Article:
In FIGS. 7 and 8, there is depicted a similar pad 710 with a plurality of smaller projections 712 closely spaced on a substrate 714. Each projection 712 terminates in an end nib 716, again by example only. The substrate 714 is mounted on a core 718 by means of complementary recesses for receiving the dove-tail shaped ends 720 and 722, of the sheet-like substrate 714 in a snap-in fit in the same manner as described above.

FIGS. 9 and 10 depict an alternate pad 720 according to another aspect of the present invention. The pad 720 includes a substrate 722 from which extend a plurality of generally conical shaped nib 724 similar to the nibs 664.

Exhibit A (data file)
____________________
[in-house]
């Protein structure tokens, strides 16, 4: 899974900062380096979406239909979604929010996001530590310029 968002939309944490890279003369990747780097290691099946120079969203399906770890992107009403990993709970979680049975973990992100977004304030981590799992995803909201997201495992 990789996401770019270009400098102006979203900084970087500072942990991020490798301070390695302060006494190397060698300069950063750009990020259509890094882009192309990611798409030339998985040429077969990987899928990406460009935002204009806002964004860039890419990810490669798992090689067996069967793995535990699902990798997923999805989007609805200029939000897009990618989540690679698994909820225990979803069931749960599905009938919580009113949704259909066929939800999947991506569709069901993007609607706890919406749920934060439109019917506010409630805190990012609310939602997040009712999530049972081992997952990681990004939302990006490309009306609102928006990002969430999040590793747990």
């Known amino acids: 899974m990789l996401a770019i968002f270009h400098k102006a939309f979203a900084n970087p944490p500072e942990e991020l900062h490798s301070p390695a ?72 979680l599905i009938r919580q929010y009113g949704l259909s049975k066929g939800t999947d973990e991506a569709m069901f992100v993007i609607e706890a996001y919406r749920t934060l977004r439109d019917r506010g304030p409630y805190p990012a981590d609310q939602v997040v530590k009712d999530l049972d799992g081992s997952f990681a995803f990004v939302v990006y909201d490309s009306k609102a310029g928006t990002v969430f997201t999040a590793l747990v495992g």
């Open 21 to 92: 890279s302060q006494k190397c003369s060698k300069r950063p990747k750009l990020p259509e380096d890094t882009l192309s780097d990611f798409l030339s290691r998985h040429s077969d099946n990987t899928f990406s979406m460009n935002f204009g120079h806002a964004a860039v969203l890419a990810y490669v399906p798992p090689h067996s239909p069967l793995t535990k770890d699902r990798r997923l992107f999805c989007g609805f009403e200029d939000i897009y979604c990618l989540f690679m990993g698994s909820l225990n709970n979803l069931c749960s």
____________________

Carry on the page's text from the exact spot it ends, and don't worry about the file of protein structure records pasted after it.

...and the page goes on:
The substrate 722 is by way of example only, divided in a sheet-like form with opposed ends terminating in fingers 726 and 728 which are spaced from the main portion of the substrate 722 by a slots 730 and 732. The substrate 722 is mountable around a core 736 which has a generally tubular, cylindrical cross section. By way of example only, a plurality, such as three, circumferentially spaced ribs 738 are formed interiorly of the core 736 and extend between opposite ends of the core 736. The rib 738, which may be hollow, provide an orienting feature for mounting the core 736 to a mating motor driven spindle, described hereafter, which has a plurality of circumferentially spaced recesses complimentary to the ribs 738 for slidably receiving the ribs 738 to mount the core 736 on the spindle.